“Girl, where are your shoes? You can’t work without them. Did your mother teach you nothing?” She elbows the other chubby one and now they both scan my feet. “Fine, you work today, but go buy some shoes for tomorrow.” Both roll their eyes, turn and march further down the station.
Ma doesn’t like to offer advice. She wants to me to learn, like how she had to. If anyone asks; say you are seventeen, that’s all she told me. I don’t think I look seventeen but she says the harder I work, the older I’ll look. I regret telling…
Over the last few months, I’ve put together an ebook, as well as designed a cover for my Kindle book, using Canva. I had wondered about hiring a designer from platforms such as Etsy or People-Per-Hour, but this year hasn’t been financially stable, so I looked into alternatives based on my budget. I tried Photoshop, but it’s an investment because of the technical aspects, and as I’m not a professional designer, I like to rely on a tool with a bit more ease.
If you are not aware of Canva, it is a graphic design platform, founded in Australia. You…
I own forty-one plants. No, that’s not correct — to say “own” makes me sound superior and materialistic. Who owns anything? “Take care of” sounds appropriate.
The house I live in is small. It has no grand hallway or spare space to create a focal point. Everything sits in place, like a well-organised toolbox. Nor do I crave anything more, neither do I feel the need to declutter. However, some would say forty plants require decluttering. But the things with plants, you see, is once you give them a home, they must be grown. Sometimes when I look at my…
The King of Dwarka is sitting on the floor. Righteousness radiates from his lotus eyes. His skin, as dark as a lightning cloud, is covered with yellow, silk garments. His bare chest is adorned with a garland made from jasmine flowers, and a green gem (the Instrument of Peace) sparkles off the gold pendant on his necklace. The soles of his feet are etched with inexplicable symbols: a flag, a thunderbolt, an elephant goad, barleycorn, and a lotus. A peacock feather is nestled between the pleats of the saffron-coloured turban he wears on his head and the ends of his…
Chamar: widespread caste in northern India whose hereditary occupation is tanning leather; the name is derived from the Sanskrit word charmakara (“skin worker”).
At first, I thought it was magic: the Earth suddenly crying. I thought I’d finally found something to make my father and I rich. A creature that cried like a human, one I could sell to the circus in the city. But it wasn’t. It was just a baby. I didn’t tell anyone. I left it there, crying and drowning in the dirt again. I was a few years older when I learned that many fathers here…
Leonardo never made Lisa wear a hat, or maybe she refused. I should have refused. I’m not fond of them: hats; they are more suited to the intrepid.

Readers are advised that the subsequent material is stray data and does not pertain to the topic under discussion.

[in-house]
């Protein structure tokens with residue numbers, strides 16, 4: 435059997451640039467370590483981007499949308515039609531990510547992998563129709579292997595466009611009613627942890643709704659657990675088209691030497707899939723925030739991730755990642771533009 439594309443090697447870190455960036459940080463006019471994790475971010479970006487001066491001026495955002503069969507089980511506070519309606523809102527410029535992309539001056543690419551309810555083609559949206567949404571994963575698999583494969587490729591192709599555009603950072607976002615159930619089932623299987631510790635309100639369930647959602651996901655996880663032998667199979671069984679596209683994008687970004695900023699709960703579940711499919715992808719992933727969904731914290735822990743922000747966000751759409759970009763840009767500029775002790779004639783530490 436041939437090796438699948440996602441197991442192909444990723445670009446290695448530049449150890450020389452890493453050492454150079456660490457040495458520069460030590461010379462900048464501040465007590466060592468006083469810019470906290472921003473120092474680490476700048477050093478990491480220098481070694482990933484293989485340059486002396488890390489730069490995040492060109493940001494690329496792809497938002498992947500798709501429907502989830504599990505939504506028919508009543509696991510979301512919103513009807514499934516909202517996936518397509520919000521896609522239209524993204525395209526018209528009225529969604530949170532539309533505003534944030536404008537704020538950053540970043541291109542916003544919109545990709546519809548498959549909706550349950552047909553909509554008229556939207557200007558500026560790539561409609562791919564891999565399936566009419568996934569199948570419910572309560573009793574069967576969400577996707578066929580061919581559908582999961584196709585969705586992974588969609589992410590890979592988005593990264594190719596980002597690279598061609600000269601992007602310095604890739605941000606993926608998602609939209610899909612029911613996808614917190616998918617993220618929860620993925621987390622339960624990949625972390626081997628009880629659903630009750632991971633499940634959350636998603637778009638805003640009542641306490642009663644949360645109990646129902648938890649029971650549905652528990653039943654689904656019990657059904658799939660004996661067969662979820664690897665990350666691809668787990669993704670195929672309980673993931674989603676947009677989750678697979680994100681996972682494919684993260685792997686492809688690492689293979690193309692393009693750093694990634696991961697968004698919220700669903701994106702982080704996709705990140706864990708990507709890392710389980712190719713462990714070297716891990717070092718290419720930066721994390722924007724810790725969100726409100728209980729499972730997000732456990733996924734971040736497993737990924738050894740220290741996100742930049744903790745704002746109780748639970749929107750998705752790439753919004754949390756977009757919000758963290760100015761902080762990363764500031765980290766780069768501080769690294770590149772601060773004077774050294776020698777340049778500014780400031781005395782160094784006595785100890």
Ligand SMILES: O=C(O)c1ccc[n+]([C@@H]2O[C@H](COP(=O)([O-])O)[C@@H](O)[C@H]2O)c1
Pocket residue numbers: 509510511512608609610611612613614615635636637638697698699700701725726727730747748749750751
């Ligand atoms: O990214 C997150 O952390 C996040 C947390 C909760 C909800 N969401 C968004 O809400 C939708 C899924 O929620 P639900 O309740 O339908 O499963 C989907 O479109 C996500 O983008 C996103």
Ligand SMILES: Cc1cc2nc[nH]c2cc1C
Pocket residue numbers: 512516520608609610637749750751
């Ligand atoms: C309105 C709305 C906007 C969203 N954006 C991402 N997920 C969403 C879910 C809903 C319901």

My husband, Walter, he’s brought me more hats than flowers. I’m known as “Hat Lady” in our village — a title that infuriates me and amuses him.
“You have to wear it.” He tells me.
“Paint me without it, just this one time?”
“If I tell you, you might laugh.”
“Walter, you know me, I don’t laugh at much.”
“Hmm, that I do.”
“So, amuse me.”
“When I’m gone, I know you’ll give all…
My country: India, has one of the world’s lowest divorce rates; 1%, to be exact. You’ll stumble across loving marriages, of course, but the foundation upon which most are built is painstakingly unsettling.
In the west, love is a thesis for exploration. It’s an experience waiting to be learned, examined, and dissected. Most humans don’t utter “I love you” until they find out what it means. In India, love is one-dimensional. Sure, the love between a human and their God is spiritual, deep, and unconditional. But the love between a human and another human is usually fast and careless.
Neha peels open her eyes and strips back the duvet to sit up. She places a hand across her forehead to break the orange glint seeping in from the street lamp outside. She studies the pits on her skin: a pattern, left from the cardigan she’s slept in. It’s something for Neha to focus on. They’ve been happening a lot lately — each time the lines appear sharper than the last as if her skin is losing its fibre. As if she’s letting it.
It prompts her to get up.
She throws off the cardigan as she faces the mirror…
In 1858, a spiritual ascetic arrived at the Indian town of Shirdi. He wore simple garments — body covered neck-to-ankle in an ivory-coloured Kafni. His head covered with the same fabric. He owned no possessions aside from a canvas bag, which held a beggar’s bowl. Still, his demeanour was mild, and he appeared content. Fast forward 60 years later, and this ordinary visitor became known to India as the miracle performing saint, Sai Baba of Shirdi.
If she were to shed tears; they would reflect hunger. Still, she offers me a mud-ridden hand.
I take it. Under the dirt the skin feels delicate.
I watch her un-washed head rotate from one side to the other.
Her eyes examine the distance, then pose as signals. I feel the pull on my arm and she escorts me.
Her naked feet stride through the screaming traffic. I feel like the child.
Seven. Maybe. I think. No older.
After her deed, she re-claims her hand.
I’m left to watch her walk back to the filthy pit she calls Home.
I tell stories about life, about imperfect humans. Fiction and non-fiction.